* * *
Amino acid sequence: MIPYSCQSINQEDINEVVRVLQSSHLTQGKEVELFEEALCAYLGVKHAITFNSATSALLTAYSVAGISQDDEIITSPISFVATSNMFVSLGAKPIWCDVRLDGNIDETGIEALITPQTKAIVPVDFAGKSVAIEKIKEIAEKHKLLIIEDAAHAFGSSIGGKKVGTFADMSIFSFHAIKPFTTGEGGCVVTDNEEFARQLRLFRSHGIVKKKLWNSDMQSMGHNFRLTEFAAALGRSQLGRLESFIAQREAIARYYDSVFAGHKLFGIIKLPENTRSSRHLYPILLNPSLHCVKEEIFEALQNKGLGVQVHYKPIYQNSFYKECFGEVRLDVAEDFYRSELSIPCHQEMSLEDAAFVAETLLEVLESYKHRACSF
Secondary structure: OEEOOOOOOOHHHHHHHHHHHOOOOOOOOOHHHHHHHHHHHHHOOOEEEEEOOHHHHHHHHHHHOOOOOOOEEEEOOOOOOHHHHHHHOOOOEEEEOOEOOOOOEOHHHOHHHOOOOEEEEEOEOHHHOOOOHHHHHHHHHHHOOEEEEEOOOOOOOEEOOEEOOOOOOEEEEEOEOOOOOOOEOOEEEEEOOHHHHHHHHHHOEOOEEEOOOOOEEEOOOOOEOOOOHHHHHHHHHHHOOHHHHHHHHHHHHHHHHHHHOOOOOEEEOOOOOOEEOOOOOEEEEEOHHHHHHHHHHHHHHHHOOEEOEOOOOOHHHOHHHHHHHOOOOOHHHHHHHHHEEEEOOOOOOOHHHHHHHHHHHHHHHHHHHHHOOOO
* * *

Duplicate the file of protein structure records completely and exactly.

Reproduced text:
Amino acid sequence: MIPYSCQSINQEDINEVVRVLQSSHLTQGKEVELFEEALCAYLGVKHAITFNSATSALLTAYSVAGISQDDEIITSPISFVATSNMFVSLGAKPIWCDVRLDGNIDETGIEALITPQTKAIVPVDFAGKSVAIEKIKEIAEKHKLLIIEDAAHAFGSSIGGKKVGTFADMSIFSFHAIKPFTTGEGGCVVTDNEEFARQLRLFRSHGIVKKKLWNSDMQSMGHNFRLTEFAAALGRSQLGRLESFIAQREAIARYYDSVFAGHKLFGIIKLPENTRSSRHLYPILLNPSLHCVKEEIFEALQNKGLGVQVHYKPIYQNSFYKECFGEVRLDVAEDFYRSELSIPCHQEMSLEDAAFVAETLLEVLESYKHRACSF
Secondary structure: OEEOOOOOOOHHHHHHHHHHHOOOOOOOOOHHHHHHHHHHHHHOOOEEEEEOOHHHHHHHHHHHOOOOOOOEEEEOOOOOOHHHHHHHOOOOEEEEOOEOOOOOEOHHHOHHHOOOOEEEEEOEOHHHOOOOHHHHHHHHHHHOOEEEEEOOOOOOOEEOOEEOOOOOOEEEEEOEOOOOOOOEOOEEEEEOOHHHHHHHHHHOEOOEEEOOOOOEEEOOOOOEOOOOHHHHHHHHHHHOOHHHHHHHHHHHHHHHHHHHOOOOOEEEOOOOOOEEOOOOOEEEEEOHHHHHHHHHHHHHHHHOOEEOEOOOOOHHHOHHHHHHHOOOOOHHHHHHHHHEEEEOOOOOOOHHHHHHHHHHHHHHHHHHHHHOOOO